The College of William and Mary: The redbrick campus, in the heart of colonial Williamsburg, Va., dates from 1693 and boasts such traditions as a 200-year-old honor code, the Yule log and a candlelit graduation procession. The prestigious Institute of Early American History and Culture is considered one of the school's top departments. Also well-rated are the English, physics, government and chemistry departments. Thomas Jefferson (class of 1762) said of his professor of mathematics at William and Mary: "It was my great good fortune and what probably fixed the destinies of my life...." Students cannot escape the colonial influence. They are constantly reminded that among the alumni of the second oldest college in America (Harvard was established 57 years earlier) are four signers of the Declaration of Independence, as well as Presidents James Monroe and John Tyler. The college features a strong drama department, and the undergraduate and graduate law programs are first-rate. The student-faculty ratio is a favorable 15 to 1.
Edward Fiske, 49, is in the process of finding a college for the elder of his two daughters, Julie, 17, a senior at Weston, Conn. high school. In a conversation with correspondent Tim Loughran he discussed the hazards of the search and offered this advice for other parents on the campus trail:
What's the right frame of mind in which to go shopping for a college?
Relax a little. If you exclude the Ivy League, University of Chicago and Stanford, most colleges in this country are not selective. Very few turn down more students than they accept. Most colleges are glad to get most students.
What criteria should be used to assess education quality?
It's a combination of things: percentage of doctorates among the faculty, the size of the library; academic seriousness is very important, and by this I mean class size and undergraduate access to senior faculty members. Do students have contact with professors? An easy way to find out is to walk into dining halls and see if any faculty types are eating and talking with students.
Is there any overall rule to keep in mind when comparing one college with another?
Yes, high price does not necessarily equal high quality. A college education is somewhere in between the cost of a car and a house—$70,000 to $80,000. It's a major investment in a child's future—it ought to be shopped for like anything else. There are bargains to be had out there.
What course of study do you see as the most valuable for young Americans?
I happen to believe in a liberal arts education; this doesn't mean you exclude any kind of technical or vocational training. But too many people look at college in terms of their first job. Some colleges sell themselves as making the graduate immediately employable, but what if you learn the skills to do an entry-level job, and then five years later that job gets automated out of existence? If you don't have the skills to learn a new job, what good did your college education do you in the first place?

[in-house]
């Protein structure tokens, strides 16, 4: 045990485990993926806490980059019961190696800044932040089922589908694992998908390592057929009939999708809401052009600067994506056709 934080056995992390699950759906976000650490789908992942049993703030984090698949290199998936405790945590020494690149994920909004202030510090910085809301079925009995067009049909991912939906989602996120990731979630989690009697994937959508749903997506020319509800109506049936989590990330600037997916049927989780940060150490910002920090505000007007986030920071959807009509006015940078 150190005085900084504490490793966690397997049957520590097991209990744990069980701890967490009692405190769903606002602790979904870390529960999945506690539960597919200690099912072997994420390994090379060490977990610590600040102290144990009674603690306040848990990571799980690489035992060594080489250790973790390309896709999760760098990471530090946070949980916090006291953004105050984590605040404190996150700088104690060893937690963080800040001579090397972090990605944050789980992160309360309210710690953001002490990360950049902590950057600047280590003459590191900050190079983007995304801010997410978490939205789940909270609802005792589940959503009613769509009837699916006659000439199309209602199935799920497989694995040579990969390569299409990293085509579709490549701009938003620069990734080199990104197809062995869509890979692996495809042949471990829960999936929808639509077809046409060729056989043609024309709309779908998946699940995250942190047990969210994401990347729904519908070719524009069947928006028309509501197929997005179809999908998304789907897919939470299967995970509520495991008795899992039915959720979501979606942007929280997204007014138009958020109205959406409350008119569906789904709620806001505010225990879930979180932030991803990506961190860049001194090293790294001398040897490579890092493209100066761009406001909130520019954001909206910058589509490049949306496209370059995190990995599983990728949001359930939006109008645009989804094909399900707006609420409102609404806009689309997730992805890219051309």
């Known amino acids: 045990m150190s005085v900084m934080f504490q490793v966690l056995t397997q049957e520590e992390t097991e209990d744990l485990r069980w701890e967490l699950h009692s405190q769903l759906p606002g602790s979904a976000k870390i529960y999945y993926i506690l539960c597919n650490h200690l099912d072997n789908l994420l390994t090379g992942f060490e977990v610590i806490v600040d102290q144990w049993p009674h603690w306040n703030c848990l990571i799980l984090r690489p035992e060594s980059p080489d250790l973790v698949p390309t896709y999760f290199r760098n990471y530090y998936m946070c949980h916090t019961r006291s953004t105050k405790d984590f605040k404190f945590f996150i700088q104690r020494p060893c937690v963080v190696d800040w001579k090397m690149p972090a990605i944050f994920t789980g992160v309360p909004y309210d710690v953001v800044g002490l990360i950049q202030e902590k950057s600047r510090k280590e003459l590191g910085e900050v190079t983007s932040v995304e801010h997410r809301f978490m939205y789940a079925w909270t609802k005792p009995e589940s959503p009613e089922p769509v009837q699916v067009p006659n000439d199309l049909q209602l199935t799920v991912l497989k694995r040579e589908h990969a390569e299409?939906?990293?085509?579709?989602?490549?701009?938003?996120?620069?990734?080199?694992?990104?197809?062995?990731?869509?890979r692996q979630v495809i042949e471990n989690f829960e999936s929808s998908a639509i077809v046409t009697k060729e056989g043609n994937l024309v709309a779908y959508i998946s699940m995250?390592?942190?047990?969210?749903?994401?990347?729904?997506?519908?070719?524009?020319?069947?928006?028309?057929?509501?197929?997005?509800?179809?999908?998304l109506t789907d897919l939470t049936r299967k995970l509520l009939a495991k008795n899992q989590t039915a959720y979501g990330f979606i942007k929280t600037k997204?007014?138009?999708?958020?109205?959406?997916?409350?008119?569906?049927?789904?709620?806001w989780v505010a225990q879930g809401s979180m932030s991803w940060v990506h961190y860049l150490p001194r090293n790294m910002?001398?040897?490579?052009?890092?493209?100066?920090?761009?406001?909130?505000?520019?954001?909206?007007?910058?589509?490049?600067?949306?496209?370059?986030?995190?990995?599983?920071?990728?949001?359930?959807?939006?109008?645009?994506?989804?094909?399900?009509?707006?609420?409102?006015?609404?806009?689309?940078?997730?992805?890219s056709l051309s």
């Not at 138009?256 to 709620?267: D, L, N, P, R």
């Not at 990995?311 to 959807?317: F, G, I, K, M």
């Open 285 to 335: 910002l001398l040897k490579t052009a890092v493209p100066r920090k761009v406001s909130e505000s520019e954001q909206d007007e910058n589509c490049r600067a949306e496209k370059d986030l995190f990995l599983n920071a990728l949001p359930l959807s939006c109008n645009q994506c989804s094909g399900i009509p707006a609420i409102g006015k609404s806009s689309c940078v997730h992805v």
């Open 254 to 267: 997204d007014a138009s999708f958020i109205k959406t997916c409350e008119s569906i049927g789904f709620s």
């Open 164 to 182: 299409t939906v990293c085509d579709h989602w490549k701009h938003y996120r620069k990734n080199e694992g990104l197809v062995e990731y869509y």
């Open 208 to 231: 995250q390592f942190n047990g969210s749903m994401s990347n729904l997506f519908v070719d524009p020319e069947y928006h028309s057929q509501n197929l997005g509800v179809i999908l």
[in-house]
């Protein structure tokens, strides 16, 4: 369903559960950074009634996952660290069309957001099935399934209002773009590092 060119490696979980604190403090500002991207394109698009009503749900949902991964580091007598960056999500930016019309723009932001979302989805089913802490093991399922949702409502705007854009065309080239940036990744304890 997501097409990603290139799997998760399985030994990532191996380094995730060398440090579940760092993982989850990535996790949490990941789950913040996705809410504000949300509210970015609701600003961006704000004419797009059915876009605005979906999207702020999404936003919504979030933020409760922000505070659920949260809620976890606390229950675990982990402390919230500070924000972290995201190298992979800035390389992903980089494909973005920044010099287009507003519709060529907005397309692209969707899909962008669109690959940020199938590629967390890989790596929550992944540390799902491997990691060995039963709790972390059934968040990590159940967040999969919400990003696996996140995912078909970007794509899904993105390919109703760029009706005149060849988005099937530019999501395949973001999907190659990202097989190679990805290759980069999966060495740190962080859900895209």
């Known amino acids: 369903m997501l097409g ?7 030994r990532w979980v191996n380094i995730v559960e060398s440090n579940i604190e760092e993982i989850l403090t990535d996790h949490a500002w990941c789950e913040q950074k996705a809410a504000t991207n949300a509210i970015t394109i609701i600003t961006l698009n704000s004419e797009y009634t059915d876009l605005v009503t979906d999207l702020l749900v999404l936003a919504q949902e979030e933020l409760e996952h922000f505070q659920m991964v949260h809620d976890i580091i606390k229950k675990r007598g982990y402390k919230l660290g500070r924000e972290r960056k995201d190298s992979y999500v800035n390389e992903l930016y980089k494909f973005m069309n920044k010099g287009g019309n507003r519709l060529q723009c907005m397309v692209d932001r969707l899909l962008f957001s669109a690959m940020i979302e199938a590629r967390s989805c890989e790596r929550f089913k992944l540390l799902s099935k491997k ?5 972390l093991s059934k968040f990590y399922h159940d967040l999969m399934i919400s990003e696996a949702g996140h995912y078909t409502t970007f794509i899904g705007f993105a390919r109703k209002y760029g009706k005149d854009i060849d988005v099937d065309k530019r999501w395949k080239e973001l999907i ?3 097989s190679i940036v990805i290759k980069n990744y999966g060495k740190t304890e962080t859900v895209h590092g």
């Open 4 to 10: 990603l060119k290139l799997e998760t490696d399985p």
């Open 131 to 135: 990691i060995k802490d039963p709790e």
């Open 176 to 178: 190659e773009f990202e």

Are corporate executives now hiring liberal arts graduates?
When you talk to the chief executive officer of a major corporation, he will give you a far more eloquent defense of the liberal arts than I just did. He is looking at middle managers to do other things. At this level liberal arts graduates have a big advantage over technical graduates. They can run the company in the future.
Also liberal arts colleges are recruiting aggressively, using merit scholarships as inducements. A friend of mine who makes a six-figure income told me recently that his daughter was applying to a small liberal arts college in Ohio, and she was offered a $1,000 discount if she enrolled. Colleges are picking up on the sales techniques so common to the rest of America's business marketplace. To reduce the debt burden, many colleges are also offering parents the opportunity to pay four years tuition upfront at a guaranteed freshman rate. Colleges have financial aid packages for everyone regardless of income.
How can one get more out of the college experience and make better use of the education dollar?
For one thing you don't have to go to college right out of high school. Many students have gone into the Army to grow up, find out a little bit more about what they might want from life. One of the best things about the openness of American higher education is that you can do it at your own speed. In Japan, for instance, you can't: There are no second chances. In the United States there are second, third and fourth chances.